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Rare Corpse Flower Set To Bloom Any Day At MSU

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A yard stick and a ruler help the viewer digest the scale of the corpse flower. (MSU/Peter Carrington)

A yard stick and a ruler help the viewer digest the scale of the corpse flower. (MSU/Peter Carrington)

zahrahuber Zahra Huber
“Zahra Huber is a reporter, editor, and producer at WWJ. She has her...
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EAST LANSING (WWJ) – The smell of death will soon be in the air at Michigan State University with the blooming of a very rare flower known as the corpse flower.

The name pretty much describes how it smells, like rotting flesh, notes Michigan State plant biologist Peter Carrington.

“People and children getting a whiff of this thing describing the smell as anything from a large pile of badly maintained dirty socks -all the way up to rotting flesh,” Carrington told WWJ’s Zahra Huber.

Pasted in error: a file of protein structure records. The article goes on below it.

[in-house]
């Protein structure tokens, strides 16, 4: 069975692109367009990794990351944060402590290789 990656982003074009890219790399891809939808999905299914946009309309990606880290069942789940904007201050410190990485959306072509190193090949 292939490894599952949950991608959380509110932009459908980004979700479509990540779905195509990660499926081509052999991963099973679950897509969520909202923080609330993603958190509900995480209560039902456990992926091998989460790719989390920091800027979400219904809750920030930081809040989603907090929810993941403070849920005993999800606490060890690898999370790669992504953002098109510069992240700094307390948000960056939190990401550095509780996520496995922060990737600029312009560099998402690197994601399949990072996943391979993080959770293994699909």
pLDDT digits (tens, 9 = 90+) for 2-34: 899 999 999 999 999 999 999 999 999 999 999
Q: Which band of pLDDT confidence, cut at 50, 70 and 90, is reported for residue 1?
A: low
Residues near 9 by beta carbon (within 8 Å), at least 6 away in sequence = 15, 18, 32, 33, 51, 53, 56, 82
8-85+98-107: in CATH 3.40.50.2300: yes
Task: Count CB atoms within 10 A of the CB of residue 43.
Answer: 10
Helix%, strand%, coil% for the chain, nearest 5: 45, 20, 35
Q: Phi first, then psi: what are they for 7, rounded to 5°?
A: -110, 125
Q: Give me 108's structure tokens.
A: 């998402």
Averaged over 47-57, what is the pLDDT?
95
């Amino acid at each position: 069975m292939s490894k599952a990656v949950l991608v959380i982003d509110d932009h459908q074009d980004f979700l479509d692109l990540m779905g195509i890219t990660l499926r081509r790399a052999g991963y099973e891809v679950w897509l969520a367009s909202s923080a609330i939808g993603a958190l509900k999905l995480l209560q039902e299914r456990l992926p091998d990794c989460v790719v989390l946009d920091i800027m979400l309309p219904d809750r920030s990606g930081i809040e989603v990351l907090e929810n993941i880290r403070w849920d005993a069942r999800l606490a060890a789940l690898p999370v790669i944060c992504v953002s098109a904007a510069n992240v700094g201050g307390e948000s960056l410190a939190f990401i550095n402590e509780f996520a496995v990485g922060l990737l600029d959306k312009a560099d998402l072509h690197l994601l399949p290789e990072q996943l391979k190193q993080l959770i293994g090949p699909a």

“It manufactures both the scent of decaying meat and it has a huge almost upside down skirt-like brack that surrounds this whole central column of the flower. The red color sort of mimics the color of meat as well,” said Carrington.

So how strong is that scent?

“Well, it varies a bit, and ours hasn’t actually opened fully yet to the extent of actually making the smell, yet, but my expectation is, at its peak, you will be able to smell it when you enter the room – no problem.”

Carrington says the flower last bloomed in 2010 and in 1995.

People can check out the flower at the conservatory and more information at Pure Michigan!

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